The British Politics Discussion Thread

Discussion in 'Archive: The Senate Floor' started by DarthKarde, Apr 8, 2003.

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  1. AJA Force Ghost

    Member Since:
    Oct 13, 1998
    star 4
    Che Guevara. I can put it another way, though. Communism and Nazism are both forms of socialism, and all socialism is equally bad.
  2. DarthKarde Jedi Grand Master

    Member Since:
    Jun 28, 2002
    star 5
    You shouldn't read to much into the Che Guevara shirt. No self respecting left wing student in this country can be without a Che Guevara shirt or something similar. It doesn't make them a communist or even mean that they know much about the guy.

    Anyway Nazism is Not a form of socialism. Hitler may have been authoritarian but he was broadly in favour of free market economics. Also communism and socialism are distimctly different ideologies.
  3. AJA Force Ghost

    Member Since:
    Oct 13, 1998
    star 4
    You shouldn't read to much into the Che Guevara shirt. No self respecting left wing student in this country can be without a Che Guevara shirt or something similar. It doesn't make them a communist or even mean that they know much about the guy.

    I realize that, but somebody needs to tell them.

    Anyway Nazism is Not a form of socialism. Hitler may have been authoritarian but he was broadly in favour of free market economics. Also communism and socialism are distimctly different ideologies.

    Without getting into historical argument and citations, when you get to the bottom of any of the aforementioned ideologies, the result is the same. And I have yet to hear a satisfactory explanation as to how the National Socialist German Workers Party was not "really" socialist. Having done some research on the issue, the Nazis were indeed quite socialist in their domestic policies. It was a command economy, they employed strict civil planning and environmental regulation, and Hitler himself was a vegetarian. The fact that they may have permitted some private ownership does not immediately make them non-socialists.
  4. ShaneP Ex-Mod Officio

    Member Since:
    Mar 26, 2001
    star 6
    "Nazism is socialist."

    "No it's not."

    "Yes, it is."


    How many times are you guys going to re-hash this argument?

    Here we go. [face_plain]

    EDIT:

    So Karde, the BNP is the National Front with a new name and "friendly image"?

    Deadly.
  5. Stuey Force Ghost

    Member Since:
    May 30, 2002
    star 5
    I take offense to the assumptions that i because i wear a Che Guevara shirt i have no idea of what the man said. I've studied many books about him and his own speeches and writings as well as many other socialists and communists. i respect the views of a man who fought for his cause and his belief in a better society (which has alot in common with my ideas). i see wearing a Che Guevara shirt as no different as somebody in America displaying their flag. they believe in nationalism and their republic and i believe in socialism, why should i be ashamed to display that in a way that the majority of people will recognise it?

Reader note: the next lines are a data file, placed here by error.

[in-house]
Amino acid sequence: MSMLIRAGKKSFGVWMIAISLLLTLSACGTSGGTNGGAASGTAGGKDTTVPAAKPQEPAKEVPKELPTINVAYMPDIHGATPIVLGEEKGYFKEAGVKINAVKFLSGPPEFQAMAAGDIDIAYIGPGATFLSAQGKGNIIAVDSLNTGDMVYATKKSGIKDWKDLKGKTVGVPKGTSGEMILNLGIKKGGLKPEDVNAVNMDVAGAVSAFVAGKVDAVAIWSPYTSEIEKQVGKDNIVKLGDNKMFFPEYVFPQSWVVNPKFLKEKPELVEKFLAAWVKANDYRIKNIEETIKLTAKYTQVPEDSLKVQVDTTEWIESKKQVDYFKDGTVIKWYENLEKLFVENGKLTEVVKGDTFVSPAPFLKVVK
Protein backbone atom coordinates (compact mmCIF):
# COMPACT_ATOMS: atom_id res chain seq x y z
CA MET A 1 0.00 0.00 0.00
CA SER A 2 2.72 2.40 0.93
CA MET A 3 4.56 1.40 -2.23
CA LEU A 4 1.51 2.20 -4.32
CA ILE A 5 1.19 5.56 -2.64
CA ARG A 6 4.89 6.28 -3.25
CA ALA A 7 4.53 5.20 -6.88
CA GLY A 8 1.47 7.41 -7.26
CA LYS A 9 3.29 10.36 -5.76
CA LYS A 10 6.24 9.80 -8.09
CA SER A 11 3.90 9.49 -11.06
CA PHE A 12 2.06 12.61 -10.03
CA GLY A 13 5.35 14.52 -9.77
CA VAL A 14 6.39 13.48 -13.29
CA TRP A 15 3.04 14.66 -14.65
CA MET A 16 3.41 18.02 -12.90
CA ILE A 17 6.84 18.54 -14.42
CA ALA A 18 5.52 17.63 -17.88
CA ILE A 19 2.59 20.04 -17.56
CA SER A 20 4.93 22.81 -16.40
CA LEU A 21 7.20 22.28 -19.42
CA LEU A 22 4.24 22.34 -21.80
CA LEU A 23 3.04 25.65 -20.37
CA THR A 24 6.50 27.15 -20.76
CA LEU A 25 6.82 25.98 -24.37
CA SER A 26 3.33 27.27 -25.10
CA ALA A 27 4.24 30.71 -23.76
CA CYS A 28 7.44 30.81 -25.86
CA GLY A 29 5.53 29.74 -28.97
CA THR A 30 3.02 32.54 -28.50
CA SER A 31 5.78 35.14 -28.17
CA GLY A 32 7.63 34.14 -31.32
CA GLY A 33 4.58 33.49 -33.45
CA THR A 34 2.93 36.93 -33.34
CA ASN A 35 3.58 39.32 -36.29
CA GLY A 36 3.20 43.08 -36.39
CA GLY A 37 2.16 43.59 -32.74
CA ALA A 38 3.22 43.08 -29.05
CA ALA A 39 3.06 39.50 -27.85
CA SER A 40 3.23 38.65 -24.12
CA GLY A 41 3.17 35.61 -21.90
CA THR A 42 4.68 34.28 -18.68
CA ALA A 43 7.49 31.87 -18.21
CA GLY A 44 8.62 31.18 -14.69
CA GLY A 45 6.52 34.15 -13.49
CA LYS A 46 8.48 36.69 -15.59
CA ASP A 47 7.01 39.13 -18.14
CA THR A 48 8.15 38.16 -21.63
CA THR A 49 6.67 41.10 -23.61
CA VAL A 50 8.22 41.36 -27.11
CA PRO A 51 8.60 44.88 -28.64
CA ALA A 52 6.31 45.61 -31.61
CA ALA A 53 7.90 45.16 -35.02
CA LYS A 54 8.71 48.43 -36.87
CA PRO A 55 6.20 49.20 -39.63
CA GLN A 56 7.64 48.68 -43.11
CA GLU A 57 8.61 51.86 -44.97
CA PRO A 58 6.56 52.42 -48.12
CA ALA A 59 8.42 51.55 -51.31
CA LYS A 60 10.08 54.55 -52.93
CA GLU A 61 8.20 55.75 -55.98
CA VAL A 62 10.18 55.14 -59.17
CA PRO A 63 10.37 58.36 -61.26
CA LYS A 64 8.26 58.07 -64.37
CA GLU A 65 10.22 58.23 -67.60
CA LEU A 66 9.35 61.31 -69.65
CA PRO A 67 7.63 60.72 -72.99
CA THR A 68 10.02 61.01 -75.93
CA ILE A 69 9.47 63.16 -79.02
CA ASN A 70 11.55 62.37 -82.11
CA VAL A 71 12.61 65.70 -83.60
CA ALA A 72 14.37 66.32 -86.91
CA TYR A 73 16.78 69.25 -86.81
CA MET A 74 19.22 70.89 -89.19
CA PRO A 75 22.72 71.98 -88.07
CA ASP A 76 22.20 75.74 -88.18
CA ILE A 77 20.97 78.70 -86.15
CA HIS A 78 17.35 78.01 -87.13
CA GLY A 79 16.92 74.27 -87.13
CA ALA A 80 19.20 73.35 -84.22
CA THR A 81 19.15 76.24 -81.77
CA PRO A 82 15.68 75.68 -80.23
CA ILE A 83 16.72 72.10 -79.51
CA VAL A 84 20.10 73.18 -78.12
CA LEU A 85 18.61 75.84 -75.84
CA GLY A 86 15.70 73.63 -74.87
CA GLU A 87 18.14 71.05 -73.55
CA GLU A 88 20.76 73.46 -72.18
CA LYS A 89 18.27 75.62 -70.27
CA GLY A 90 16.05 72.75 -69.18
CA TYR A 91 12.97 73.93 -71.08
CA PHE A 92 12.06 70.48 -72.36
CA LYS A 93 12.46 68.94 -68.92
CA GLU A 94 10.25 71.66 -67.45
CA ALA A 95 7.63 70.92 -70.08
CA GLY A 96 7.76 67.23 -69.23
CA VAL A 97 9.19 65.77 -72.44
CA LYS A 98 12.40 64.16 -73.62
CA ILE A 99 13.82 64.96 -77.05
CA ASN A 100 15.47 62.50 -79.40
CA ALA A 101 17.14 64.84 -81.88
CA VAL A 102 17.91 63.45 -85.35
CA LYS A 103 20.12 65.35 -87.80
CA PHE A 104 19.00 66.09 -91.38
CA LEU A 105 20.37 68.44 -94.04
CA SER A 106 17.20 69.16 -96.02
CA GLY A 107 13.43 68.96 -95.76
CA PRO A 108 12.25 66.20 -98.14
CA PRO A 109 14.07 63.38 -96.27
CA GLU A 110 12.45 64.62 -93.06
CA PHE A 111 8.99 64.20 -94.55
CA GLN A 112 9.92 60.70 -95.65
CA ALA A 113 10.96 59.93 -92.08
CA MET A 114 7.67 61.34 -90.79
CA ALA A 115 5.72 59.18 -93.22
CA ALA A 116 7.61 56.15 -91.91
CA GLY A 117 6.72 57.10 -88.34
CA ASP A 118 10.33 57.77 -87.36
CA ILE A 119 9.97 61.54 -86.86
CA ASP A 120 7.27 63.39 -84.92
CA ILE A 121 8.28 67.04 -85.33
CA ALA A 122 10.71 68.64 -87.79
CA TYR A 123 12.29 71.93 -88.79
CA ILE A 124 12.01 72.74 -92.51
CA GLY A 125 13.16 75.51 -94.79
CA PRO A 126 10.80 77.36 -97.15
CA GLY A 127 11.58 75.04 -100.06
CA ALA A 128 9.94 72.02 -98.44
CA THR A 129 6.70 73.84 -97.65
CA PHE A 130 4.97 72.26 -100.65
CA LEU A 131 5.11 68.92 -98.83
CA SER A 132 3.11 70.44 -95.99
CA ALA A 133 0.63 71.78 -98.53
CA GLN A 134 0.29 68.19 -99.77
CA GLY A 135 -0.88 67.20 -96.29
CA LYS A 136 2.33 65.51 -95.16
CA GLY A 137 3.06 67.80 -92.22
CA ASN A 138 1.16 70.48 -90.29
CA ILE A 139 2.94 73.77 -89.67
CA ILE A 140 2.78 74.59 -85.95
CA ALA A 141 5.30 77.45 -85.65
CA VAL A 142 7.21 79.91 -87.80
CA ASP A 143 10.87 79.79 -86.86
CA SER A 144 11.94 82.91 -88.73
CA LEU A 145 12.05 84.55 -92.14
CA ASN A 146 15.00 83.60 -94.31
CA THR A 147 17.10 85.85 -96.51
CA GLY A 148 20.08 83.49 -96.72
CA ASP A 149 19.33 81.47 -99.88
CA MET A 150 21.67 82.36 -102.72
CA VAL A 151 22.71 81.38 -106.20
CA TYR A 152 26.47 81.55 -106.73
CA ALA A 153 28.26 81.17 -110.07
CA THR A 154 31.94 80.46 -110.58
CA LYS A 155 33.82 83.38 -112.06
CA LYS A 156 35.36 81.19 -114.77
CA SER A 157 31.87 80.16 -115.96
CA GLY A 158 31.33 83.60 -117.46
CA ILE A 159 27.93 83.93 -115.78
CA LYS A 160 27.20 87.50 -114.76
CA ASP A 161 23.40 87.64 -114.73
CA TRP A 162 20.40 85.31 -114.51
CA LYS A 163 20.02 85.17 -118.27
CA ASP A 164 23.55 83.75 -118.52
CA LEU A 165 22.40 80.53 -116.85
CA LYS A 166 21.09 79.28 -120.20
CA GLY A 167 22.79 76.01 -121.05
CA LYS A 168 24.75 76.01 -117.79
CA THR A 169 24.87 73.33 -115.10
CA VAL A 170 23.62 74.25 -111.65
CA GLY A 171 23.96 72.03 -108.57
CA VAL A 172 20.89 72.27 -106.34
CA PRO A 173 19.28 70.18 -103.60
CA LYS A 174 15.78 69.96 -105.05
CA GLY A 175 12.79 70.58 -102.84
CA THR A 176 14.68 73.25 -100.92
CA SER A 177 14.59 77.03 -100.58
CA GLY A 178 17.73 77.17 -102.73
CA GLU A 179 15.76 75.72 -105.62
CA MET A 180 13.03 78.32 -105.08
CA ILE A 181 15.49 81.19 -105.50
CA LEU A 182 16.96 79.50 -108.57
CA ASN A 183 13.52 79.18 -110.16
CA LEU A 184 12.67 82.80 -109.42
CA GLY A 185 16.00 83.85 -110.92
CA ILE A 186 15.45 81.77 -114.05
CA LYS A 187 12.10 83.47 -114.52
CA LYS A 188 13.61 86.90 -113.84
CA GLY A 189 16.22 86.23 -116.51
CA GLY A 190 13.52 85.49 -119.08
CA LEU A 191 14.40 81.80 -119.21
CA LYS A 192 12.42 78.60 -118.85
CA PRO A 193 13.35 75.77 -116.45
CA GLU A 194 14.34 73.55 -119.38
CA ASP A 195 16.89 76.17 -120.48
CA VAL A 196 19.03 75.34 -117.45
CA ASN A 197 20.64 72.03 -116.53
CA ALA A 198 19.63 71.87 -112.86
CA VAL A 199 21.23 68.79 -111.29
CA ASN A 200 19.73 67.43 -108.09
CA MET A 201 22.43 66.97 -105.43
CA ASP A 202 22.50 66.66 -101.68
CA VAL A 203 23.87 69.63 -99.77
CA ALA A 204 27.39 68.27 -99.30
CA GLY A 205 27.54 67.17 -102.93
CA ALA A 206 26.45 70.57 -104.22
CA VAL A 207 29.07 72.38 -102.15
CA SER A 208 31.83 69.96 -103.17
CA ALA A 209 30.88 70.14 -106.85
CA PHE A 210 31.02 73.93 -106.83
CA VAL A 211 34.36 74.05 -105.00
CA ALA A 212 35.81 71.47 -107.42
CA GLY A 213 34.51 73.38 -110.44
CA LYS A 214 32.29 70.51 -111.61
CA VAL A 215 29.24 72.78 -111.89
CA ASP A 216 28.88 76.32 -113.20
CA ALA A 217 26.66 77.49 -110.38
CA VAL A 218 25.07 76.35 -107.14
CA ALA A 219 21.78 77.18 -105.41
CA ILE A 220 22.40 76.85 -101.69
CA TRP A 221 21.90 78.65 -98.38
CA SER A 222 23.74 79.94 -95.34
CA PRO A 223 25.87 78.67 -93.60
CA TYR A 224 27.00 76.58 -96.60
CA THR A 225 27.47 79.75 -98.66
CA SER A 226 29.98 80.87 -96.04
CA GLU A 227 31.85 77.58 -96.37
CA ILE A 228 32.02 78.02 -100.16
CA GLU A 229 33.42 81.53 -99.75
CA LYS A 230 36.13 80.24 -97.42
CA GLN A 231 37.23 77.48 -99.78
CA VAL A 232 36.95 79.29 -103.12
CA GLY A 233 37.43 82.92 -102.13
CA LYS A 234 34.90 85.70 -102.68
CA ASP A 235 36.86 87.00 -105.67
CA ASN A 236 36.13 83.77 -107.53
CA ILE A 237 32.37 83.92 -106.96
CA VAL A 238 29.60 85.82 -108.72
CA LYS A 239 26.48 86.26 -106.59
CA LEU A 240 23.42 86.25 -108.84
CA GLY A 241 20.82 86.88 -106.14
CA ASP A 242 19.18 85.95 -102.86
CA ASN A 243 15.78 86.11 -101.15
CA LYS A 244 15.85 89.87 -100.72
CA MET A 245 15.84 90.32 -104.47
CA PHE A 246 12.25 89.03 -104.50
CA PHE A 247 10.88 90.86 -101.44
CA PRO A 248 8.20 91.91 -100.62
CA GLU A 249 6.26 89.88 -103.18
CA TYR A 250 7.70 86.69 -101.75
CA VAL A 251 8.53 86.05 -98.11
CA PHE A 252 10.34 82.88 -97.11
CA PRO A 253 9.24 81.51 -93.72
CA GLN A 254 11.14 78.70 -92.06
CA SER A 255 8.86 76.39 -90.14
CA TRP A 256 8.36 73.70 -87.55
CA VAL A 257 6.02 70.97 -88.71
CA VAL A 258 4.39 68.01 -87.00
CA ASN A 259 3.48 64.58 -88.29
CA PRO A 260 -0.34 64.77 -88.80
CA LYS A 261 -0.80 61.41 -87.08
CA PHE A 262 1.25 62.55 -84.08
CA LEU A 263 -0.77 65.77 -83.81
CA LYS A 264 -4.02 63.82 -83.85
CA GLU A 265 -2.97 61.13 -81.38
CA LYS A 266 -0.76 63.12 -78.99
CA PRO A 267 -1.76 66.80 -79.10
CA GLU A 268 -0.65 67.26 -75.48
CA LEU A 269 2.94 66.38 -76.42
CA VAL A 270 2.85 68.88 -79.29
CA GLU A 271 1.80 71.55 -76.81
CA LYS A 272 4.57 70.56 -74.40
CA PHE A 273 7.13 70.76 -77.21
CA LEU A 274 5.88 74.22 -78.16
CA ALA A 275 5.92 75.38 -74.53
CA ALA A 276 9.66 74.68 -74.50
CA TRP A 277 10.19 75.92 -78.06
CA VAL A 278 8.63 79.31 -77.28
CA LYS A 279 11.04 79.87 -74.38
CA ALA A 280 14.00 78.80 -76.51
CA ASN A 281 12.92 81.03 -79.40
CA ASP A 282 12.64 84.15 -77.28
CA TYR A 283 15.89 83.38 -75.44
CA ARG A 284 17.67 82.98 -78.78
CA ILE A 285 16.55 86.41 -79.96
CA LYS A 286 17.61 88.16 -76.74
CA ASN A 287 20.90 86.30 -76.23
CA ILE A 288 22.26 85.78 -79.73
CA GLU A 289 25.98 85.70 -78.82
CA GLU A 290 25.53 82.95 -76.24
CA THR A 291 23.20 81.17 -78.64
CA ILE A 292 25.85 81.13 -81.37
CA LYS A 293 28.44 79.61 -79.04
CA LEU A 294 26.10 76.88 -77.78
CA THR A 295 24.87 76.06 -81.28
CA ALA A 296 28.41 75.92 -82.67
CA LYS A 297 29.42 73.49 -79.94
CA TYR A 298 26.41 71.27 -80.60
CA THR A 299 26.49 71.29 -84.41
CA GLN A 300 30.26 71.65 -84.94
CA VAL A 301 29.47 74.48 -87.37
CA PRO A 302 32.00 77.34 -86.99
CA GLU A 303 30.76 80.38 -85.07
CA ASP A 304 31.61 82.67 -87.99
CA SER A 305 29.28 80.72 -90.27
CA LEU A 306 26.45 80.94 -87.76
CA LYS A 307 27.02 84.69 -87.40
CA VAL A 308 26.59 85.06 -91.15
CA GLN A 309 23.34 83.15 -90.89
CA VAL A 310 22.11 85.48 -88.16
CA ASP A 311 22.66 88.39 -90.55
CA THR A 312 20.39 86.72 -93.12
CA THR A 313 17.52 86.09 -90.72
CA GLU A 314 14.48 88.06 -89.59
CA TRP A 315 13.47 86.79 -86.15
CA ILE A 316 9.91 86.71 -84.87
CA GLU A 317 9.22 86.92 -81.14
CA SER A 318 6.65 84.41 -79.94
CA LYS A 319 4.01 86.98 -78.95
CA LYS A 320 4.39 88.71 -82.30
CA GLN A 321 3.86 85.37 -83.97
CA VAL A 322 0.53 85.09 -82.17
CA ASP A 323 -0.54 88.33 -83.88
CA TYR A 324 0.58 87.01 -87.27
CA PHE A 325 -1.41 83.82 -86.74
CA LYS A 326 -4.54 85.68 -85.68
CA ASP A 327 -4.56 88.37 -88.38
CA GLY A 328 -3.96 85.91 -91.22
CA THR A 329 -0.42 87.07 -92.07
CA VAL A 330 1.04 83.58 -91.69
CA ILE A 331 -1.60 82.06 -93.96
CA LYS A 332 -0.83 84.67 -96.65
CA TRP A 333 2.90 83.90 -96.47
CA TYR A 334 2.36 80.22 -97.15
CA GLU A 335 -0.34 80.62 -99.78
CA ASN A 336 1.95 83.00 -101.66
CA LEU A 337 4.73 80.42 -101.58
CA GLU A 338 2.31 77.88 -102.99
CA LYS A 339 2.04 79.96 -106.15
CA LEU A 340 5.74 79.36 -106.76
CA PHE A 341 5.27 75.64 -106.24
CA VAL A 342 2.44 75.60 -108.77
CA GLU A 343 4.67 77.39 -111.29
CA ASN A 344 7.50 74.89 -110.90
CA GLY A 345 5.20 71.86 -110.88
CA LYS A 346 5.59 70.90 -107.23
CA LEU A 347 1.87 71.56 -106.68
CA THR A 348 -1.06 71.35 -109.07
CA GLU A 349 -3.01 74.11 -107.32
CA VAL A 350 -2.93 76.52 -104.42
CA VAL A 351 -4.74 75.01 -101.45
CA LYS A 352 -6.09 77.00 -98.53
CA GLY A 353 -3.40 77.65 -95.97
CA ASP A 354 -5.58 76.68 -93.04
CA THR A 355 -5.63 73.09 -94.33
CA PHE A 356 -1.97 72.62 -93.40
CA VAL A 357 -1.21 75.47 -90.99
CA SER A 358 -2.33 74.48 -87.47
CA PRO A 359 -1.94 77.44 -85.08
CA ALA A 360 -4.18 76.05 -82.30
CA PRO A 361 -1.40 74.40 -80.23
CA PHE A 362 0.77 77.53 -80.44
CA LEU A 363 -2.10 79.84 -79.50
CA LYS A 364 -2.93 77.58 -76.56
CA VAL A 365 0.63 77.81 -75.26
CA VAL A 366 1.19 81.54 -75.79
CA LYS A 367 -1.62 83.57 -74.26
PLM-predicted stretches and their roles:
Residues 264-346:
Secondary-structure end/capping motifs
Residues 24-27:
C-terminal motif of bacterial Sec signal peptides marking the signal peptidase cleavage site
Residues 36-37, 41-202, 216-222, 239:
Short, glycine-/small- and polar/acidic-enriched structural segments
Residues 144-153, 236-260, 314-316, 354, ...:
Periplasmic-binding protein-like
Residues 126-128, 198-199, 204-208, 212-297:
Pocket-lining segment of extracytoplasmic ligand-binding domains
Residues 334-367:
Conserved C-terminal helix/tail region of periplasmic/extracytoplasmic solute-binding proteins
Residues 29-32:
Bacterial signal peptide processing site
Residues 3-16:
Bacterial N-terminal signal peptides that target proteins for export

technically this is talking about British politics because i'm a brit :p
  6. GivePeaceAChance Jedi Knight

    Member Since:
    Sep 18, 2002
    star 1
    (I wouldn't like to see this thread get bogged down in a discussion about the BNP, who are so far off the political radar no one would even know who they are if it weren't for their racist policies.)

    The local elections will ultimately not matter that much - they are sometimes used to give the govt. a bloody nose but, increasingly, local issues are shaping local politics, which is at it should be. The real questions for me are where does Iraq etc. leave Blair? Has he secured his third term? Has he alienated his own party, leading to a possible leadership challenge? Or will he honor his rumoured pact with Brown and step down after the next election, maybe with an eye on the EU presidency (should it happen)?


    (Off-topic, but I can't resist ... Hitler himself was a vegetarian So what? So is/was Tony Benn, Alan Clarke, Paul McCartney, Steve Jobs, Ian McKellern, Britney Spears, George Bernard Shaw, General William Booth, Ghandi, Shelley etc. etc. What you eat has nothing to do with political creed. I am a vegetarian but Hitler, as it happens, wasn't - that's just an urban myth.)





  7. Stuey Force Ghost

    Member Since:
    May 30, 2002
    star 5